PM creates new “Department for Energy Security and Net Zero”

On 7 February 2023, the Prime Minister, Rishi Sunak, split the Department for Business, Energy and Industrial Strategy (“BEIS”) into four separate government departments:  

  1. The Department for Science, Innovation and Technology – former Culture Secretary Michelle Donelan becomes the new Science Secretary;
  2. The Department for Business and Trade – will be led by Kemi Badenoch who becomes Business and Trade Secretary;
  3. The Department for Culture, Media and Sport – which is losing the responsibility for the Digital Sector, will be headed up by Lucy Frazer; and
  4. A new Department for Energy Security and Net Zero – will be headed up by former Business Secretary Grant Shapps.

Of particular interest is the new Department for Energy Security and Net ZeroThe UK Government has stated this Department will provide: 

“…dedicated leadership focused on delivering security of energy supply, ensuring properly functioning markets, greater energy efficiency and seizing the opportunities of net zero to lead the world in new green industries.

This year, the department will focus on easing the cost of living and delivering financial security by bringing down energy bills and keeping them down – better insulating consumers from external impacts. Longer term objectives include ensuring properly functioning energy markets, coordinating net zero objectives across government and bringing external delivery expertise to bear on its portfolio of major projects”.

There has been limited information at this stage on what exactly the department will do to achieve these targets.  However, the UK Government signaling its commitment to achieving net zero, through the creation of this new department, has come at an integral time for the landscape of the UK’s energy and climate change policy.    

On 18 July 2022 the UK High Court handed down its judgment in the case of “Friends of the Earth Ltd & Ors, R (On the Application Of) v Secretary of State for Business, Energy and Industrial Strategy [2022] EWHC 1841 (AdmCin) (18 July 2022), paragraph 14)”. The High Court held that the then Secretary of State for BEIS, Kwasi Kwarteng, had approved the UK Government’s “Net Zero Strategy” without being provided sufficient information to be satisfied that the relevant carbon budgets could be met. Specifically, he was provided insufficient information as to:

  • the quantitative effects of individual policies, and
  • a qualitative analysis explaining which policies were expected to make up a 5% shortfall against the reductions required by the Sixth Carbon Budget and in what ways.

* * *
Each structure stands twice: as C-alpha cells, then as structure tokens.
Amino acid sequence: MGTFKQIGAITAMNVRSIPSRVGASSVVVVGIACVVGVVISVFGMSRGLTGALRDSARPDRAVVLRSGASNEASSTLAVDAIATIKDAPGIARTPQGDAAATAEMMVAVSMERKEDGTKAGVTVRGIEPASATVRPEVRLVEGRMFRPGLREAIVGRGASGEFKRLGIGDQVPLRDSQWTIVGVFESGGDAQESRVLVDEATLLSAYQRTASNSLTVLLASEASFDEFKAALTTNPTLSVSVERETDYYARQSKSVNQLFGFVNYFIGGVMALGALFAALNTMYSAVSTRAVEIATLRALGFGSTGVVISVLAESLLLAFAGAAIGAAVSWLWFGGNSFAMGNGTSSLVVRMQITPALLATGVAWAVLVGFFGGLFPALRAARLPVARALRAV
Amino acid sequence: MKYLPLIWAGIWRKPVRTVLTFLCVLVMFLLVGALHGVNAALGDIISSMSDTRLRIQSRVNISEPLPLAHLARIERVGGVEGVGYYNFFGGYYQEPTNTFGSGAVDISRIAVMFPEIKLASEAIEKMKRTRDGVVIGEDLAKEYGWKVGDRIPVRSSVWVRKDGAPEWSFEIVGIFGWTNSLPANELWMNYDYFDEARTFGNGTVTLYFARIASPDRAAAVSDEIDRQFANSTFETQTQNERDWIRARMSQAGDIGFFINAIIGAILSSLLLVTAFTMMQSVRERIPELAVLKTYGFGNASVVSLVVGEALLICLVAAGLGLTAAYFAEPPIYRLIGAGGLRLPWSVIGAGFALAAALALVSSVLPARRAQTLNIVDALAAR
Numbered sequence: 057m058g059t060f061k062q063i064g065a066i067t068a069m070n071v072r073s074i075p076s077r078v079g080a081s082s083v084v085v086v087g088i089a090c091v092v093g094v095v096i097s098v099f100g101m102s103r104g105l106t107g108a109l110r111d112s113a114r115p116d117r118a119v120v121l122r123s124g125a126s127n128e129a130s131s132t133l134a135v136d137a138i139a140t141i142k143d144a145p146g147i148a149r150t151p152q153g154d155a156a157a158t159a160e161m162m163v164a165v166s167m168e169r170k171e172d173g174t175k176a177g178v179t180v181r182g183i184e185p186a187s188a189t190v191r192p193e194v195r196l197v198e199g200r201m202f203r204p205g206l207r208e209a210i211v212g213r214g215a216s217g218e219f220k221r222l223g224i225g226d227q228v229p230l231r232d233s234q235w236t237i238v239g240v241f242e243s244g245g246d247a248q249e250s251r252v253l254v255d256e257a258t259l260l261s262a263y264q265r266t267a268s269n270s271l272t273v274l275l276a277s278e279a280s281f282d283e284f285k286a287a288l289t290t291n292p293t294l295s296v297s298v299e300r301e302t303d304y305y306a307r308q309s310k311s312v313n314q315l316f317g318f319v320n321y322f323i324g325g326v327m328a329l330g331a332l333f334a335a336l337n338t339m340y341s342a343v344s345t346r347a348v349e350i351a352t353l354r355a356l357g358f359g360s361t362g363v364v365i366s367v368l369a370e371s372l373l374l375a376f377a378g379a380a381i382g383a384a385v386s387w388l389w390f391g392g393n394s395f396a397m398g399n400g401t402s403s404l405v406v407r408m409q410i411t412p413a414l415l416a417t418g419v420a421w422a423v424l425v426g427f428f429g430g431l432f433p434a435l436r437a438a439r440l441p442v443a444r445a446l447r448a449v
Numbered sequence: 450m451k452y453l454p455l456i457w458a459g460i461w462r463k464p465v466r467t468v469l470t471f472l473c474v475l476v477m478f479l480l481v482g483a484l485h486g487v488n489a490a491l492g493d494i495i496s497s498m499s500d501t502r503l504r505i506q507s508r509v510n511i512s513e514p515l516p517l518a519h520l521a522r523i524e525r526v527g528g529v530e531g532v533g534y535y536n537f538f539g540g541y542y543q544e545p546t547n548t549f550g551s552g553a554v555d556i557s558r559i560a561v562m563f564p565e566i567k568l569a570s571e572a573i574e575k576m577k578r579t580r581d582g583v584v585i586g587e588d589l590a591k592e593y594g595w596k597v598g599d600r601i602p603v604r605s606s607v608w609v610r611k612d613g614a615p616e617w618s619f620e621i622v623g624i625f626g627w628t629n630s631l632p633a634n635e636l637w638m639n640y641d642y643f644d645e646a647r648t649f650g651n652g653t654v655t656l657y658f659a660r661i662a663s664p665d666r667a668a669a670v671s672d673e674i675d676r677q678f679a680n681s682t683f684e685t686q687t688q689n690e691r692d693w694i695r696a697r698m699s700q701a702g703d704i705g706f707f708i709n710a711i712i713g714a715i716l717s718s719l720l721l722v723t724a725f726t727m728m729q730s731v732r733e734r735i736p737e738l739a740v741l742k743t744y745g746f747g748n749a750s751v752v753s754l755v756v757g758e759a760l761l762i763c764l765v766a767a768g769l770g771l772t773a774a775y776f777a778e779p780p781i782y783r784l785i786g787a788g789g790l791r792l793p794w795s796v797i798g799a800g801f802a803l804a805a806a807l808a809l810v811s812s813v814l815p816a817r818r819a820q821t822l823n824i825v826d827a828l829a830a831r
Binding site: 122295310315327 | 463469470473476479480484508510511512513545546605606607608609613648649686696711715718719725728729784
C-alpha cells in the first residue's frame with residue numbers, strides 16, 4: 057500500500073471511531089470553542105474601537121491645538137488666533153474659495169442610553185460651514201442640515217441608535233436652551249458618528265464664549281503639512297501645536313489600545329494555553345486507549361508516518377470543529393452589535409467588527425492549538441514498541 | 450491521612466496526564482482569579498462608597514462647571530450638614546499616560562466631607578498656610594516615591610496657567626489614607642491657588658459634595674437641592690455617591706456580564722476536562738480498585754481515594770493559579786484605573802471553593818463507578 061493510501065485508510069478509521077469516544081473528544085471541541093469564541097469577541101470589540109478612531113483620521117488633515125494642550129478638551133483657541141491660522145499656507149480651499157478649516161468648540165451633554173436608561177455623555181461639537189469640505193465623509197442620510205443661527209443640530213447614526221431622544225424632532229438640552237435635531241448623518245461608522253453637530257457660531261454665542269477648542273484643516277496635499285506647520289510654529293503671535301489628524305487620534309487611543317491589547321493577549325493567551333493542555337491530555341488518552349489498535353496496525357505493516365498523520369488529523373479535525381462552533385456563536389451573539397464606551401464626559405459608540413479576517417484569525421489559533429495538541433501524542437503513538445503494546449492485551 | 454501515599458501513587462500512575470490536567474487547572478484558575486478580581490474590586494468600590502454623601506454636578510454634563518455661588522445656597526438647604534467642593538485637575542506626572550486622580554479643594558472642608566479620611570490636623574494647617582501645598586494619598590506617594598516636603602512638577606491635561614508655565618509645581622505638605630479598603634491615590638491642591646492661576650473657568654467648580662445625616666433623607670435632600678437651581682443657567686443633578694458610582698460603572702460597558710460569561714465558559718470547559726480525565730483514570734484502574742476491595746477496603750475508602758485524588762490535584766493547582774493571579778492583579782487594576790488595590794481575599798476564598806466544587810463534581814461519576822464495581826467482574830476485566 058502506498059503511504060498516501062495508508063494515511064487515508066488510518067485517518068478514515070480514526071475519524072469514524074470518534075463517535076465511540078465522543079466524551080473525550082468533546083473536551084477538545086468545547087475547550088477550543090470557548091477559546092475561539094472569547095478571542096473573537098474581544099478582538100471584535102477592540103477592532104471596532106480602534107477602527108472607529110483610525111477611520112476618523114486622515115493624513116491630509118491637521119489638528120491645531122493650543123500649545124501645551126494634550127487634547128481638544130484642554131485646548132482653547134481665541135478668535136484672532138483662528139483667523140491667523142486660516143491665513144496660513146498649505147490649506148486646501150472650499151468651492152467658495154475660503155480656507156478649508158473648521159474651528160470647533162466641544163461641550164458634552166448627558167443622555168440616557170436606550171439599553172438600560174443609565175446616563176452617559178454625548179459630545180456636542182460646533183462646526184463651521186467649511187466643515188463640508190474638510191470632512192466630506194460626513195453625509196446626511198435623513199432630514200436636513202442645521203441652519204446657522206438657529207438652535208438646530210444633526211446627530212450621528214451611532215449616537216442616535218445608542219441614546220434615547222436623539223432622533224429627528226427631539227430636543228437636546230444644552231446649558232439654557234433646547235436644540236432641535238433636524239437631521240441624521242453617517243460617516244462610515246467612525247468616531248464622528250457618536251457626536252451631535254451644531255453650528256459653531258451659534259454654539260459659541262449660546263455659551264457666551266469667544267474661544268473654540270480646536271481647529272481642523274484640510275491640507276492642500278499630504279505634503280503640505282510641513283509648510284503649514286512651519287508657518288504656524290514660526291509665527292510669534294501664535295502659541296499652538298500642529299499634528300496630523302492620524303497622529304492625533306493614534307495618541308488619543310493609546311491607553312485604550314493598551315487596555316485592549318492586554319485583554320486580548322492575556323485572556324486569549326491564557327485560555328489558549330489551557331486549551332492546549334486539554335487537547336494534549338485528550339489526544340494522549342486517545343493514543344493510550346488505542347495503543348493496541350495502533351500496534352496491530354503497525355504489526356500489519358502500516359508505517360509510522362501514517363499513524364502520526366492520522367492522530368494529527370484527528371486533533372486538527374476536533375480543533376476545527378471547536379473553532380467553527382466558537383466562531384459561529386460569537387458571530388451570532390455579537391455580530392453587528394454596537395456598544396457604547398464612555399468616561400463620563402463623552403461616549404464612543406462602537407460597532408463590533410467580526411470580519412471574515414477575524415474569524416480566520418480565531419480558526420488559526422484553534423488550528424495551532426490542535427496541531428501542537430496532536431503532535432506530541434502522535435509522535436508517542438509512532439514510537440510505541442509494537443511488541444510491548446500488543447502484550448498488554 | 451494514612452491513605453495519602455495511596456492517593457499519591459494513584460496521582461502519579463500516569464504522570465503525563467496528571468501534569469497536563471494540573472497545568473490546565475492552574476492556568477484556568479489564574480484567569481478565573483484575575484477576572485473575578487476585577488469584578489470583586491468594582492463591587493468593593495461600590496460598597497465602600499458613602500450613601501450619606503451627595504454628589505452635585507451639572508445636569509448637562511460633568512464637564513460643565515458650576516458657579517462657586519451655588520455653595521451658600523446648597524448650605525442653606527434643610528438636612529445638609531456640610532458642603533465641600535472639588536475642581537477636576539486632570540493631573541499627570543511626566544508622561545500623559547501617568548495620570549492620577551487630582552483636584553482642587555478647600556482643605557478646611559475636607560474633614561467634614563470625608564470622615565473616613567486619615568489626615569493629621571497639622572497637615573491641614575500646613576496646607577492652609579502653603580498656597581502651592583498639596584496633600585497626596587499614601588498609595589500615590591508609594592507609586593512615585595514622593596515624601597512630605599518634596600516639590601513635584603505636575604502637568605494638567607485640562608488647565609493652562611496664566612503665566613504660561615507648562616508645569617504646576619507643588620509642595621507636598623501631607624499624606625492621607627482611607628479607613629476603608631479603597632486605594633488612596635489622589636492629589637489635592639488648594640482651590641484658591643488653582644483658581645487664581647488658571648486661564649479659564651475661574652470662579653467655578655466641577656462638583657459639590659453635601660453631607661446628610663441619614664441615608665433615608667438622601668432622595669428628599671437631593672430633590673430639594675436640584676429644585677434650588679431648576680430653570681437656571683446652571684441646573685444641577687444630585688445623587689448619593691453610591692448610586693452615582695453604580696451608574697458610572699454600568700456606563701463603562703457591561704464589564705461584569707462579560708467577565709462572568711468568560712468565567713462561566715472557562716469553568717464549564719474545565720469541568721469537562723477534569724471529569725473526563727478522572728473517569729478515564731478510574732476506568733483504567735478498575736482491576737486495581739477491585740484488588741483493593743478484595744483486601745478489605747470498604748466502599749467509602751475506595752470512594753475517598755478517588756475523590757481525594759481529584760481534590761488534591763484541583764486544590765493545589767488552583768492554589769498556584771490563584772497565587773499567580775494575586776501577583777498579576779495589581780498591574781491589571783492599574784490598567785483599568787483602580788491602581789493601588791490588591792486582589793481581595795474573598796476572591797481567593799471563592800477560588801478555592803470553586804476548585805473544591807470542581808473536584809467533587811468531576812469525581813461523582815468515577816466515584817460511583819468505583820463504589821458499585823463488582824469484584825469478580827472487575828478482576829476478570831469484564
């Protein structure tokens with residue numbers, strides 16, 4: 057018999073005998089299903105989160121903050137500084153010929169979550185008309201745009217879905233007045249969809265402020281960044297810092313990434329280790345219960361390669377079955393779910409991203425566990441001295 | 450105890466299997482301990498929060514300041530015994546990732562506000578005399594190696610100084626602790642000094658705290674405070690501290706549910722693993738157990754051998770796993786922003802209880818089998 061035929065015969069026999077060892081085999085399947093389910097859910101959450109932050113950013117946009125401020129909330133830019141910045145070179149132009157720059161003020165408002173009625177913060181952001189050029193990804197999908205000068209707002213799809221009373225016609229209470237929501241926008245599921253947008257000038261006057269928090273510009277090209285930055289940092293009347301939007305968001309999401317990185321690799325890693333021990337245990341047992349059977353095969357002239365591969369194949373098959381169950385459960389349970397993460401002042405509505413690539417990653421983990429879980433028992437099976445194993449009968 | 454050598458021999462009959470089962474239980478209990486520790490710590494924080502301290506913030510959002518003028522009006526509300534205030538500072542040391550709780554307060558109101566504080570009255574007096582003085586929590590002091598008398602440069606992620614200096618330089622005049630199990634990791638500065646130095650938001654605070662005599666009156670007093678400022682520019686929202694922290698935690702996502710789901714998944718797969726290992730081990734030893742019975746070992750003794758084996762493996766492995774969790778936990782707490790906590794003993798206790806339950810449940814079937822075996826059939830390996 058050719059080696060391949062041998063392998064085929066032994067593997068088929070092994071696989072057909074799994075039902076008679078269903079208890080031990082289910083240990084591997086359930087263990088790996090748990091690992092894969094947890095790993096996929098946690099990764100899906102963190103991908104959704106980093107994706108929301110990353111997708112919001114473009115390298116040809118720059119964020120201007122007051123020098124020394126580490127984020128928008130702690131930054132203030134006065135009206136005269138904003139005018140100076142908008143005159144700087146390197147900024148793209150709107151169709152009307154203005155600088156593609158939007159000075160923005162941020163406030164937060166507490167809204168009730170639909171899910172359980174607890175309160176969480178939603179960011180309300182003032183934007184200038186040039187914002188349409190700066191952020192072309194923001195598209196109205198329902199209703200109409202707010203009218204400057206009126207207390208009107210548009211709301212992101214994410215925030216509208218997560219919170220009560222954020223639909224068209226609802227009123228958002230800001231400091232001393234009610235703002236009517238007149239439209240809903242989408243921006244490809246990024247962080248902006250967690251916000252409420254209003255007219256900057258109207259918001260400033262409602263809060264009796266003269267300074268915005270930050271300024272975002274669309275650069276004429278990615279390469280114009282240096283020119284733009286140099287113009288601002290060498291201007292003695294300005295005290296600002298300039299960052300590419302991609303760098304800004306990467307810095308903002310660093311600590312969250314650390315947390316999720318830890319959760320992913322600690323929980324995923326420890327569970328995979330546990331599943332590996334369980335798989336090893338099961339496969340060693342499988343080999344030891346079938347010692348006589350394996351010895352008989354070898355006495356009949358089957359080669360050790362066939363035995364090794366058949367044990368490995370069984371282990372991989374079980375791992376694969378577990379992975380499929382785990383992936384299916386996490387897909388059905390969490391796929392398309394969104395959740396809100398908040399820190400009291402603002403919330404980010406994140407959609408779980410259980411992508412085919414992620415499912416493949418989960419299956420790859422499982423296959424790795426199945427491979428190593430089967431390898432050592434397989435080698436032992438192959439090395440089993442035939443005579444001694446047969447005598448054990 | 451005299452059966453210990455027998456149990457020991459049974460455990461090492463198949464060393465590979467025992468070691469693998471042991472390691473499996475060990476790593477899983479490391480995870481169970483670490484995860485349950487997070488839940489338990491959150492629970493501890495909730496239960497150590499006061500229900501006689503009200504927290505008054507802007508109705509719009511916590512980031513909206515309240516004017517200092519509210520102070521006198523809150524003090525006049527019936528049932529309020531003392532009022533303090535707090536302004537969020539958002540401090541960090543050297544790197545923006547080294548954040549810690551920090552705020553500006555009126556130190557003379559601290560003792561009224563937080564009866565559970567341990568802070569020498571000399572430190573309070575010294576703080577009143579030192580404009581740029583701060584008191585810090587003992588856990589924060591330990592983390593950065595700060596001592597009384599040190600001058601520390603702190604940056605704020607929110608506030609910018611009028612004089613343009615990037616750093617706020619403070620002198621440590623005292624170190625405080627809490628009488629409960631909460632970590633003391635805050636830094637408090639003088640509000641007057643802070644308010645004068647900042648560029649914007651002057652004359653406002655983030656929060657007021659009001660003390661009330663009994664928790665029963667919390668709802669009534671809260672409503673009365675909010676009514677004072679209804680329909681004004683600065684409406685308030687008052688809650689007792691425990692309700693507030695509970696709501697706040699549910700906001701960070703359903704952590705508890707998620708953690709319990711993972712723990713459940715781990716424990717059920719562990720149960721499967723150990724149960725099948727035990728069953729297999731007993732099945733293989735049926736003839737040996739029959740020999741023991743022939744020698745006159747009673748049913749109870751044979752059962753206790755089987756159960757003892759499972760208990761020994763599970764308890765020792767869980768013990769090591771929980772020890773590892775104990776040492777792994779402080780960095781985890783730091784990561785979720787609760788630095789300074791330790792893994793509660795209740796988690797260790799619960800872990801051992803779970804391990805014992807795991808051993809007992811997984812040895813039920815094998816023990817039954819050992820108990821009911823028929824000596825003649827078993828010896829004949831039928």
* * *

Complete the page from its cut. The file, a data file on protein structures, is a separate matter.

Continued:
The Court held that, without that information, the then Secretary of State had been unable to consider, and decide for himself, the risk of the statutory targets not being delivered, in breach of his obligations under section 13 of the Climate Change Act 2008. The Court further held that the strategy did not contain sufficient information to enable Parliament and the public properly to understand how the UK Government intended to meet the statutory targets. The UK Government was given 8 months in which to “flesh out” it’s Net Zero Strategy and provide the sector specific and measurable targets which it was missing. The deadline for the Ministers to provide their updated Net Zero Strategy, due in March 2023, is fast approaching.

In addition to the upcoming deadline, Number 10 has also increasingly received warnings from leading UK businesses that the UK is dissipating its position as a leader in the global green industrial revolution. Said businesses are urging the UK Government to initiate further investment and accelerate the transition to clean energy technologies. The linking of “Energy” and “Security” in the title of the Department’s name signals the UK Government appreciates achieving net zero will not only help us in our fight against climate change but will also boost our economy. Perhaps this is an indication that UK businesses have been heard and the relevant action will be taken.

It will be interesting to see what the new department can bring for the energy and net-zero landscape.

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